Yet there is also something inside me that finds discipline attractive. I respect disciplined people who eat nutritious meals and exercise regularly. I also admire people who practice these calisthenics for the soul called spiritual disciplines – and I’ve slowly discovered how important these practices are to my ongoing spiritual transformation.

Training vs. Trying

Suppose you were to ask me to run with you in a marathon next week. I could say yes, and have every intention of doing so. But I would never make the finish line. My good intentions couldn’t possibly compensate for the lack of training. Now if you asked to me to run a marathon that is ten months away, I could do it – if I spent adequate time in training. But trying harder simply wouldn’t work because, as John Ortberg observes, “There is an immense difference between training to do something and trying to do something.”[i]

Respecting the distinction between training and merely trying is the key to transformation in every aspect of life. People sometimes think that learning how to play Bach at the keyboard by spending years practicing scales and chord progressions is the “hard” way. The truth is the other way around. Spending years practicing scales is the easy way to learn to play Bach. Imagine sitting down at a grand piano in front of a packed concert hall and having never practiced a moment in your life. That’s the hard way.[ii]

Living the Christian life is about training, not trying. But we often forget this. We try to be patient with our children, to show love to people who irritate us, to refrain from lust when confronted with sensuality, and to not feel anxious about difficult circumstances. But try as we will, we won’t succeed if we haven’t strengthened and shaped our souls through spiritual training.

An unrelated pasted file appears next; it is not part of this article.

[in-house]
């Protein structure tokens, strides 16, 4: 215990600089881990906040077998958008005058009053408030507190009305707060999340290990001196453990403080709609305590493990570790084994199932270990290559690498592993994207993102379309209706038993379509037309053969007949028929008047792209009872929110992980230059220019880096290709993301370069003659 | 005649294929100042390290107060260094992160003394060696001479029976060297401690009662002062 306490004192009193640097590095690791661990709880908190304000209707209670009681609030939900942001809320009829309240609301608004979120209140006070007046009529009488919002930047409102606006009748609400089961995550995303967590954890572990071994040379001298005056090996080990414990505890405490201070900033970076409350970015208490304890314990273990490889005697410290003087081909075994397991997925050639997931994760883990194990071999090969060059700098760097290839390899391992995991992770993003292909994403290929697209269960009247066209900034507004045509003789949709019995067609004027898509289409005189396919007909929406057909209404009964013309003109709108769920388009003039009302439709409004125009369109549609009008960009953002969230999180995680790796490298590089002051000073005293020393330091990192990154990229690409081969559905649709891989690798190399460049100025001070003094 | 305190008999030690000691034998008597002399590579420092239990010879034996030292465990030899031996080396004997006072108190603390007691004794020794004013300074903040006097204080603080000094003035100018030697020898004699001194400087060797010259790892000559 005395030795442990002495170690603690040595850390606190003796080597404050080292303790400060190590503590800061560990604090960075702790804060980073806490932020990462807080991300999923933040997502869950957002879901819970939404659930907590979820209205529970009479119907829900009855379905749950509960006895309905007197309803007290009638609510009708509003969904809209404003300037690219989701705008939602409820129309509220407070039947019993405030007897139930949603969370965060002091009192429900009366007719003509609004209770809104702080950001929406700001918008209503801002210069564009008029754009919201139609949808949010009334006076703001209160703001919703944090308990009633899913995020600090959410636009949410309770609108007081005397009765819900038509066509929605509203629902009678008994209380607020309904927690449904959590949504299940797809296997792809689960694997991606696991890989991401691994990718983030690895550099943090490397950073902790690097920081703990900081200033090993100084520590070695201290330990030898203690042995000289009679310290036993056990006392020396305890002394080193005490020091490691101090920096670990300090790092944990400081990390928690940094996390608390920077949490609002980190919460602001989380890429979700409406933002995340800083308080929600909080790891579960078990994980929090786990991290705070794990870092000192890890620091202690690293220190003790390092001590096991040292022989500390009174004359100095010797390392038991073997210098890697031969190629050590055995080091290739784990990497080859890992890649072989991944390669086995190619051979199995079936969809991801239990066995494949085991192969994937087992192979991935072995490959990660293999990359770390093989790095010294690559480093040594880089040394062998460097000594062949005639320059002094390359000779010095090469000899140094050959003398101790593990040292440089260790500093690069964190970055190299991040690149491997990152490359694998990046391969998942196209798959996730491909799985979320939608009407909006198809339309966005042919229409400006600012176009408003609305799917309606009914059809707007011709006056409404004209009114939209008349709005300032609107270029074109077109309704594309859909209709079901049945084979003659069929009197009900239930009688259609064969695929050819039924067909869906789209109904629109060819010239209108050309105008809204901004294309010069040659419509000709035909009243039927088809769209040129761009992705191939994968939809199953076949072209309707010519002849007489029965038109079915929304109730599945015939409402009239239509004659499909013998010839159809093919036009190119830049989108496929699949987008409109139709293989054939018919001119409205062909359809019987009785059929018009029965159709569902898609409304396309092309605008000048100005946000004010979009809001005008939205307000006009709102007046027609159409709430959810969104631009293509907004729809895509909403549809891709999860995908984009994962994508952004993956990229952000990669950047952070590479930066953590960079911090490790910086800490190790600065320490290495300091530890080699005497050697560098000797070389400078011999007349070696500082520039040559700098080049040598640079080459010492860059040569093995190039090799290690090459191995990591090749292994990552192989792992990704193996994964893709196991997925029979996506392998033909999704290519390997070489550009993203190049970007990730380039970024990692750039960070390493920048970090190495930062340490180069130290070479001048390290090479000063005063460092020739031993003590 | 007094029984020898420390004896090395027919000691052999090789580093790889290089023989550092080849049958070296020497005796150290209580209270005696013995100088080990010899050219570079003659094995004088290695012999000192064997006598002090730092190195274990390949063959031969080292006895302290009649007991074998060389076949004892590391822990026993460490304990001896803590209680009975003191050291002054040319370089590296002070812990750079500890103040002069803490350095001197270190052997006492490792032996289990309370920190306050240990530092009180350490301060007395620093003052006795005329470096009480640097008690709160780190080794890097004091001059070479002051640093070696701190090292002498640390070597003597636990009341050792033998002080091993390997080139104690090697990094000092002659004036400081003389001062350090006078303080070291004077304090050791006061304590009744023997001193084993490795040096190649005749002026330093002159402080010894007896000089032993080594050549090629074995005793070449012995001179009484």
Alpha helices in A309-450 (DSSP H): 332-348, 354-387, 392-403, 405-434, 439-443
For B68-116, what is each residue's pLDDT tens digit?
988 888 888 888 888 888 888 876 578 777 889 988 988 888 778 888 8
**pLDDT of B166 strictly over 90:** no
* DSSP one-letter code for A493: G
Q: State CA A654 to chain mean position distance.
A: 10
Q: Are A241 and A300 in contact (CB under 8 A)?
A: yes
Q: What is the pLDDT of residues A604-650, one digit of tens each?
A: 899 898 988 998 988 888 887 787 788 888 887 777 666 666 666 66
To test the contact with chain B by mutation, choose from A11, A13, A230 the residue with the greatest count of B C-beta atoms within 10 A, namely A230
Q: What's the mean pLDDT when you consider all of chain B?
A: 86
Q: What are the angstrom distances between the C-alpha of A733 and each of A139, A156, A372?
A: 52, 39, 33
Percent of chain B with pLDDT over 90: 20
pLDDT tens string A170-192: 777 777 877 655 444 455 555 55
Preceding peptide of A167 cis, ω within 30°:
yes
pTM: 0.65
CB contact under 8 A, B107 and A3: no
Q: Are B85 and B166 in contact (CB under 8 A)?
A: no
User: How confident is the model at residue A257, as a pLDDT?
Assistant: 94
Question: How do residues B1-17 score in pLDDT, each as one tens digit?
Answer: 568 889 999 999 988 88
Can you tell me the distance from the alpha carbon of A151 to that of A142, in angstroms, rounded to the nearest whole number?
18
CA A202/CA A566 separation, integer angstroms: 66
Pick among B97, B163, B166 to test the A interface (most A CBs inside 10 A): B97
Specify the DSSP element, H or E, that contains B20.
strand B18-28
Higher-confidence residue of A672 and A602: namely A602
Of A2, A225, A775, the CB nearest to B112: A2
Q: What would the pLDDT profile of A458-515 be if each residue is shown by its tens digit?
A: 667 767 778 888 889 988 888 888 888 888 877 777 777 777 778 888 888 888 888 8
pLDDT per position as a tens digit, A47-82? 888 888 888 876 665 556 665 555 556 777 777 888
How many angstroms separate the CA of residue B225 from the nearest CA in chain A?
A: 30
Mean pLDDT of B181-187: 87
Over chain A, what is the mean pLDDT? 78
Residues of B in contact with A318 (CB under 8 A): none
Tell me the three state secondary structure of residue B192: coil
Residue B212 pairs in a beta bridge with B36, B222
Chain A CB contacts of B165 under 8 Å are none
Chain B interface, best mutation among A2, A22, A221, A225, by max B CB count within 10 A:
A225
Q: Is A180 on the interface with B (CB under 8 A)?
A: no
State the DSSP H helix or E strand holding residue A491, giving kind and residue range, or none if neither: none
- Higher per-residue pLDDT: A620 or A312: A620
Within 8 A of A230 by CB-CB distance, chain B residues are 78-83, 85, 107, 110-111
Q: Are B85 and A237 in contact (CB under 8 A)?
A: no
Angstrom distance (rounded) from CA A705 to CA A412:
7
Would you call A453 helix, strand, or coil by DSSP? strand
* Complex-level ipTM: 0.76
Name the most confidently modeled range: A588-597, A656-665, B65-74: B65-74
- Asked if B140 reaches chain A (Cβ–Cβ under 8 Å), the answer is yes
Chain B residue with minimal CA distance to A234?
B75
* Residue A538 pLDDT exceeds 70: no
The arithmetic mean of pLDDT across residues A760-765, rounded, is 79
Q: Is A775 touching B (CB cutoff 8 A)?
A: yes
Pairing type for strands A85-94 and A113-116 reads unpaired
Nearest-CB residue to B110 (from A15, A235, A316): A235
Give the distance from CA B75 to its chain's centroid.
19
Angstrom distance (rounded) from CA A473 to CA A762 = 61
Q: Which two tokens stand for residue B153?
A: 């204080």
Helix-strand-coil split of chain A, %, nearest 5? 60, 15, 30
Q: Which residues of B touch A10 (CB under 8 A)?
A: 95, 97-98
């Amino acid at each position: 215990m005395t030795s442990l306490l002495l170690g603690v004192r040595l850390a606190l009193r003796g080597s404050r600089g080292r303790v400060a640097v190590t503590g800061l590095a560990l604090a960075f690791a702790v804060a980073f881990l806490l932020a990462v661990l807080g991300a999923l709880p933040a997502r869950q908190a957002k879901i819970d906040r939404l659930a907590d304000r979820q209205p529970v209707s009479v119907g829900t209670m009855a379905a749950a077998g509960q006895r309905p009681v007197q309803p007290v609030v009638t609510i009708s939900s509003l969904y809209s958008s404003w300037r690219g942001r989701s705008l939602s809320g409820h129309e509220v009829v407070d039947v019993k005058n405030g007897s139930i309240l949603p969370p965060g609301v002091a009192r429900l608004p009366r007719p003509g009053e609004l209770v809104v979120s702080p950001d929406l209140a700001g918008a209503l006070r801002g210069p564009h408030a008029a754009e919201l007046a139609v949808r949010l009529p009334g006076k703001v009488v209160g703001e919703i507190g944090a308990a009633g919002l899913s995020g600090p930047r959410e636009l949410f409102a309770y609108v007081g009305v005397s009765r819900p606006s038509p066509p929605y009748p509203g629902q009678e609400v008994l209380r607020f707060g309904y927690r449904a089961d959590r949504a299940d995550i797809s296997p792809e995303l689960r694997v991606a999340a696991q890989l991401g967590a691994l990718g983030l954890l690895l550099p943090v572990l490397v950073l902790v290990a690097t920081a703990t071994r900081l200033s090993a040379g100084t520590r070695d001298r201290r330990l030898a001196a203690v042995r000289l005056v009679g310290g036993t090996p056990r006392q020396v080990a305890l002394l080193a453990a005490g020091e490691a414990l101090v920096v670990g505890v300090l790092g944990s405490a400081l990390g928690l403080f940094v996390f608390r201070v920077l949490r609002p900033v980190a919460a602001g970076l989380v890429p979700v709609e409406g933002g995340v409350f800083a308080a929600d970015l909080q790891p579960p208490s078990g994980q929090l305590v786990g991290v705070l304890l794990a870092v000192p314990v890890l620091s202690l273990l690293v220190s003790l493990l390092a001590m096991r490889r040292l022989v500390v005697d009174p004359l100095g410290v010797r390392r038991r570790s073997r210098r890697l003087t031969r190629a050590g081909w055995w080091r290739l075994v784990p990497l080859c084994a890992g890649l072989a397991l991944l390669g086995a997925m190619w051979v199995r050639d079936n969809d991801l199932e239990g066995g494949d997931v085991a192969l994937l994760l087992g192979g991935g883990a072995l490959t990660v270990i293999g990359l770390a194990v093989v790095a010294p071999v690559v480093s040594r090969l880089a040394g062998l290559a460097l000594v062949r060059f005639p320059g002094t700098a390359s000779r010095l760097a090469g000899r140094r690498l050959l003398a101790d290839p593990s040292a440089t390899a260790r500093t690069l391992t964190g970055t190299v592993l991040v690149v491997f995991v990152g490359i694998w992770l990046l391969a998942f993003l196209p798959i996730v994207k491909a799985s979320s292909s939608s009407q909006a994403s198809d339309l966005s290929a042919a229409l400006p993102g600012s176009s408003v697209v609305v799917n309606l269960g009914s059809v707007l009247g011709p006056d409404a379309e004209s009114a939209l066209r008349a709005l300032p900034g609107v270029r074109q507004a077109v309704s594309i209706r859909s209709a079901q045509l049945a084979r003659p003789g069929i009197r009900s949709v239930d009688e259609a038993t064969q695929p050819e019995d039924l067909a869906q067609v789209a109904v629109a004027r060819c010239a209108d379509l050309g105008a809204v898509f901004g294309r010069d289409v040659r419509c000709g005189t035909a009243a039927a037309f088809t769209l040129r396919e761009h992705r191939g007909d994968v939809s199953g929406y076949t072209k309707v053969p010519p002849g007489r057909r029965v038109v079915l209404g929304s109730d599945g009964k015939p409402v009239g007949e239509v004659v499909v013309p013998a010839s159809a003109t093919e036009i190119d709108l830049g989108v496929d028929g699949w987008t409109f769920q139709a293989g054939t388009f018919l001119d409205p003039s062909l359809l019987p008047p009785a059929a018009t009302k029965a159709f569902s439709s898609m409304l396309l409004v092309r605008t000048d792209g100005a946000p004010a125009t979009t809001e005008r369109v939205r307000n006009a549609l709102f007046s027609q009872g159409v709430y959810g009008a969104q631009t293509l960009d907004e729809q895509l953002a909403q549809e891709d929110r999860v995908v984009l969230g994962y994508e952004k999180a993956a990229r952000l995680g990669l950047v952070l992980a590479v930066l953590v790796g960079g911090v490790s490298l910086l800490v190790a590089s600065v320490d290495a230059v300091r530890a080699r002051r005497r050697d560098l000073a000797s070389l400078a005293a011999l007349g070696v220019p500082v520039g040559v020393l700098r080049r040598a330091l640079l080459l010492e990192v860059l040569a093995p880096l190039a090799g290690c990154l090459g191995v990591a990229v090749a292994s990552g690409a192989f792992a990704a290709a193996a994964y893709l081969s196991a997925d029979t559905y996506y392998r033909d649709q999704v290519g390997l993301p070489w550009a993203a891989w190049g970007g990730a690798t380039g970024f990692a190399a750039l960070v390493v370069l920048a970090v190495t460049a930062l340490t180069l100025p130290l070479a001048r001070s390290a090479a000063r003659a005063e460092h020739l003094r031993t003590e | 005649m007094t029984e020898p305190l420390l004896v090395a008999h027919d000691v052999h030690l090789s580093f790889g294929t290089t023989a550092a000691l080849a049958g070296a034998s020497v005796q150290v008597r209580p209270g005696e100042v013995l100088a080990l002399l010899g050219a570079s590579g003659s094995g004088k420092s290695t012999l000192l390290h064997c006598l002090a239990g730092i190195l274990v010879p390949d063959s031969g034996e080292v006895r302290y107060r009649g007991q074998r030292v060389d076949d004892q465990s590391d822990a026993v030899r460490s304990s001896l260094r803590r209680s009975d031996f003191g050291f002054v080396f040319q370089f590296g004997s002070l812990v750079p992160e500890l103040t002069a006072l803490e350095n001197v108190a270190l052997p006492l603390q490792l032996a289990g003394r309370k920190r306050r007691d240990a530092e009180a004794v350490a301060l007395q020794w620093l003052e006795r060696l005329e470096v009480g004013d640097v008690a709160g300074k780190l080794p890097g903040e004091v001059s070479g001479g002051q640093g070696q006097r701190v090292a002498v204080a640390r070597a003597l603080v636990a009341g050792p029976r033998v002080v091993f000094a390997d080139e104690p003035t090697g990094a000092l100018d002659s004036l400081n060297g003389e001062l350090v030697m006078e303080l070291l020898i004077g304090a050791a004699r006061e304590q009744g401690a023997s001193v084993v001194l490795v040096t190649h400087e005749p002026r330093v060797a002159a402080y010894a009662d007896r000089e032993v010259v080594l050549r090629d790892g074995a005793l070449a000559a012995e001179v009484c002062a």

Listen. You’ll never become like Christ by simply exerting more effort in trying harder to be a better person. You have to develop new capacities in your character. And that requires the power of the Spirit in forming your soul through disciplines. Spiritual disciplines, “those personal and corporate disciplines that promote spiritual growth,”[iii] are the means God has given us for training to live as Jesus lived. These practices are called disciplines because they involve our deliberate participation in training for the purpose of godliness. They are called spiritual disciplines because their effectiveness depends on the gracious work of the Spirit of God.

So, the key word is train. As Paul says to Timothy, “Discipline yourself for the purpose of godliness” (1 Tim. 4:7, NASB). The Greek word for “discipline” is gumnazo (our words gymnastics and gymnasium derive from its root). Translated “train” (ESV, NIV), “exercise” (KJV), and “discipline” (NASB), gumnazo was used to describe the intense discipline of athletes in first century Greco-Roman culture. Competitors in the Olympic or Isthmian games were so relentless in pursuit of a champion’s wreath that they trained in the nude, part of a strict environment that eliminated all non-essentials.

The New Testament urges us to adopt a similarly radical regimen in the spiritual life. We are called to discipline our bodies, keeping them under control as we pursue an imperishable crown (1 Cor. 9:24-27). We must strip off “every weight” and the “sin which clings so closely” and run the race set before us (Heb. 12:1). We should forget what is behind and strain forward to what lies ahead as we “press toward the goal for the prize of the upward call of God in Christ Jesus” (Philip. 3:13-14). As we have learned, God’s ultimate goal is to glorify himself through transformed human beings. We further that goal as we deliberately engage in practices that train us for godliness. If we’re serious about this pursuit we will train with intensity, like an Olympic athlete.

[i] John Ortberg, The Life You’ve Always Wanted: Spiritual Disciplines for Ordinary People (Grand Rapids, MI: Zondervan, 2002) 43. All of my thinking on training vs. trying, including the marathon illustration, is dependent on Ortberg. His book is a helpful and accessible introduction to spiritual disciplines.
[ii] Ibid., 44.
[iii] Donald S. Whitney, Spiritual Disciplines for the Christian Life (Colorado Springs, CO: NavPress, 1991) 15.